The UK is now attempting to combat, block, and remove thousands of items of “jihadist propaganda” from the internet in an attempt to deter Britons from taking up arms abroad. For Amer, the power of jihadist social media — which promotes stories of jihadi legend, martyrdom, and paradise — opened his eyes to the suffering of Muslims in Syria.

England is also now citing returning militants as “the biggest security threat to the United Kingdom.” The government’s position could leave Amer — and the possibly thousands of unknown British fighters — stranded in increasingly fierce and bloody conflicts, and within the grasp of extremist jihadist groups.

Pro-ISIS Recruitment Video Encourages Foreign Fighters to Join Jihad: https://news.vice.com/article/pro-isis-recruitment-video-encourages-foreign-fighters-to-join-jihad

Check out the VICE News beta for more: http://vicenews.com

Follow VICE News here:
Facebook: https://www.facebook.com/vicenews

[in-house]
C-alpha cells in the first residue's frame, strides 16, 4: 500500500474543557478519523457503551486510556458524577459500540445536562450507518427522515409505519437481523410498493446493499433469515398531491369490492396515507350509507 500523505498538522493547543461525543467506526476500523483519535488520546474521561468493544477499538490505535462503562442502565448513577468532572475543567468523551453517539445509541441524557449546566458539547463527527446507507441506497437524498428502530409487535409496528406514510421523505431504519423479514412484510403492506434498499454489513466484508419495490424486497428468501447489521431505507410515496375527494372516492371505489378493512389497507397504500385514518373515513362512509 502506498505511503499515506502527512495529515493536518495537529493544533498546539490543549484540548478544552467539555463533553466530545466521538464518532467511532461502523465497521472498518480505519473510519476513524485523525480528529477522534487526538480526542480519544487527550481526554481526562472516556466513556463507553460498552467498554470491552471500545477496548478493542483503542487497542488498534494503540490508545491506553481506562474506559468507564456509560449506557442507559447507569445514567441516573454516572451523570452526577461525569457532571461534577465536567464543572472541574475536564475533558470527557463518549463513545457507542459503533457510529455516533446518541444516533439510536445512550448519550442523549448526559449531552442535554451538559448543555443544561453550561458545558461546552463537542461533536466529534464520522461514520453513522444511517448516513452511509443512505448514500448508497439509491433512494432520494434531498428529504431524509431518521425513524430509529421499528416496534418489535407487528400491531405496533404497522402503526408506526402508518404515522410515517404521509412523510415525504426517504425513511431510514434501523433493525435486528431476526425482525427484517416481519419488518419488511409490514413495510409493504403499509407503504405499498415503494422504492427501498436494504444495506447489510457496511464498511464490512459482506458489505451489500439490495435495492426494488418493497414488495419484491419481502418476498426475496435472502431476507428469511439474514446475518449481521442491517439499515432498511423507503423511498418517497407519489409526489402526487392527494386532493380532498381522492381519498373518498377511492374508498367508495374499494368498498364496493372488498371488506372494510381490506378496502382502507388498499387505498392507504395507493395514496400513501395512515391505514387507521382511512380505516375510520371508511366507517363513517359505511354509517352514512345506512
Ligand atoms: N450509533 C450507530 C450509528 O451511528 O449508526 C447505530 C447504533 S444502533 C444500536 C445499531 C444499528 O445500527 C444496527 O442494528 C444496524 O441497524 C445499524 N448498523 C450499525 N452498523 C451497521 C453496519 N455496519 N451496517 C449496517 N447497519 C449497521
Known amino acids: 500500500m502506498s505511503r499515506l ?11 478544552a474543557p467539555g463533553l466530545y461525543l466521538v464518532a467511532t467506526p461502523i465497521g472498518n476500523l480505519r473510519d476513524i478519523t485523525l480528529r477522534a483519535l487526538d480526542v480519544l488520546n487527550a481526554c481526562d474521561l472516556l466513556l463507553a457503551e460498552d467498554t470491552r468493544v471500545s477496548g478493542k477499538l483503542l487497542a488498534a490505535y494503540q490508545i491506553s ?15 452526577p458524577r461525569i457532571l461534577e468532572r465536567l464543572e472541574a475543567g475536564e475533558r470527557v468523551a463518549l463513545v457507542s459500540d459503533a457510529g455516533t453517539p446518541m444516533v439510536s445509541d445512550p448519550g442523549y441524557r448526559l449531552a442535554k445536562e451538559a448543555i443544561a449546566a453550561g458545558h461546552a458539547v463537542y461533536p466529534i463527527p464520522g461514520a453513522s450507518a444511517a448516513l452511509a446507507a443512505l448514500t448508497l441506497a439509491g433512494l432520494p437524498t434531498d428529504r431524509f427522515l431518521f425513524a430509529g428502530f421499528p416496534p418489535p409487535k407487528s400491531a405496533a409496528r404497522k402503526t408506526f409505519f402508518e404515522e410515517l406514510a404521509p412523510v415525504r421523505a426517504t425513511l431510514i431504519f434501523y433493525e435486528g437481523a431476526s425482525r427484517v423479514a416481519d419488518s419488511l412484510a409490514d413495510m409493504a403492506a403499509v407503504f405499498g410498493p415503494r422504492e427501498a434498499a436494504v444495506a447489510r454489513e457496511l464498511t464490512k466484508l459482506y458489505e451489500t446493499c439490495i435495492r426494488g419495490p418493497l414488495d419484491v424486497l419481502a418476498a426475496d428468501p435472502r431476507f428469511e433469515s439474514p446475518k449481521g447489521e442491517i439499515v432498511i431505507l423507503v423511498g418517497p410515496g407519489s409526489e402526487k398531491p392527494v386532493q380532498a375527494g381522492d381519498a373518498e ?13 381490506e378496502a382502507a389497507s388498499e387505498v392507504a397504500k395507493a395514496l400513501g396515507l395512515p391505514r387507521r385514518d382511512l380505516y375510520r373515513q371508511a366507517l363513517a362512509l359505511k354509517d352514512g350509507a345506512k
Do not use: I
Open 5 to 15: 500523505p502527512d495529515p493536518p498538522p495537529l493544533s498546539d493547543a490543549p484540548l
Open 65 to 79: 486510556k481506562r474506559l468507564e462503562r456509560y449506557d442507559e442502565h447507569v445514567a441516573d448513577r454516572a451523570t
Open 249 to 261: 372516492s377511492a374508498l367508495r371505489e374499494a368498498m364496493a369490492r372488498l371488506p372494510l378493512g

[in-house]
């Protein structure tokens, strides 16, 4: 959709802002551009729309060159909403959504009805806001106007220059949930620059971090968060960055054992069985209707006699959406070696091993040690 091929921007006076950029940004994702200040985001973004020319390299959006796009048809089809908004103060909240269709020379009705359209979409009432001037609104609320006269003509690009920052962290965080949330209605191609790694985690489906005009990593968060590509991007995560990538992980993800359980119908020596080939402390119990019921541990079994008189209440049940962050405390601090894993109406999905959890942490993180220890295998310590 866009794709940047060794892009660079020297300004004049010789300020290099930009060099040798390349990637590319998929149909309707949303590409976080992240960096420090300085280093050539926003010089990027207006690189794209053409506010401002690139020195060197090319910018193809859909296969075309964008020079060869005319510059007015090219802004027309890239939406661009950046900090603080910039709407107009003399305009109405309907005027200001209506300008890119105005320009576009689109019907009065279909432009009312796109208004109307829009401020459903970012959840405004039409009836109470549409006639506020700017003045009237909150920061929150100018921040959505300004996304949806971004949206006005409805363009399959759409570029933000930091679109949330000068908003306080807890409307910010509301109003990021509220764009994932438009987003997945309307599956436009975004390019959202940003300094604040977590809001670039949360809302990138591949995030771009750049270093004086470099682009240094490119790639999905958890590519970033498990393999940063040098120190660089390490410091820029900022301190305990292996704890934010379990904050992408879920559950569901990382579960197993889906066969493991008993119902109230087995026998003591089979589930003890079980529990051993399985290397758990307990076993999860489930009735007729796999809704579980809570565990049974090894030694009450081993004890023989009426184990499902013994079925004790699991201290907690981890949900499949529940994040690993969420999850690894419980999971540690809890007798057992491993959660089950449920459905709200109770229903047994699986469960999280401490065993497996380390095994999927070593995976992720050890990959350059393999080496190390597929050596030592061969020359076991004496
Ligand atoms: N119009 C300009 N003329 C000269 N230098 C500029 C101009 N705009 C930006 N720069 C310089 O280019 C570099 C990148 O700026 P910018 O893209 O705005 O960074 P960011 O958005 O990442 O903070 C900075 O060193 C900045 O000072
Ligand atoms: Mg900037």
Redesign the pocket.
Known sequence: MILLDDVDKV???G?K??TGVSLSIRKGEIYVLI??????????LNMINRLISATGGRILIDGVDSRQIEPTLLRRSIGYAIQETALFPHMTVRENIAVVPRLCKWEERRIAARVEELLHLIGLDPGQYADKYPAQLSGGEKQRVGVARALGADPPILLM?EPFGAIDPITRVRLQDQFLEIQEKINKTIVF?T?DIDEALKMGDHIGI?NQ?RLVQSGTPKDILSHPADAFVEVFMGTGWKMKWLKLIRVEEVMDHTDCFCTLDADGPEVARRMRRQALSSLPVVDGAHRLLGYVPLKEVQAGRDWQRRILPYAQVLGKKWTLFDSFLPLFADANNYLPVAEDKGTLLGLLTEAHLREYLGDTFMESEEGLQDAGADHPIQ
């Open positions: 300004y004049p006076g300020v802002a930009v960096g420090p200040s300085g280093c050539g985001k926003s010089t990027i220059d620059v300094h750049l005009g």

Twitter: https://twitter.com/vicenews
Tumblr: http://vicenews.tumblr.com/

Accusations of Fraud on Election Day: Elections in Afghanistan (Dispatch 2)

Subscribe to VICE News here: http://bit.ly/Subscribe-to-VICE-News

The final round of Afghanistan’s presidential elections took place with a relatively low death toll — a quiet kind of victory for nation’s fledgling democracy. Inside Kabul, the Taliban fired a few rockets harmlessly towards the northern suburbs after daybreak, as if for form’s sake. But the election went ahead anyway, with small trickles of voters filing into polling centers across the capital throughout the day.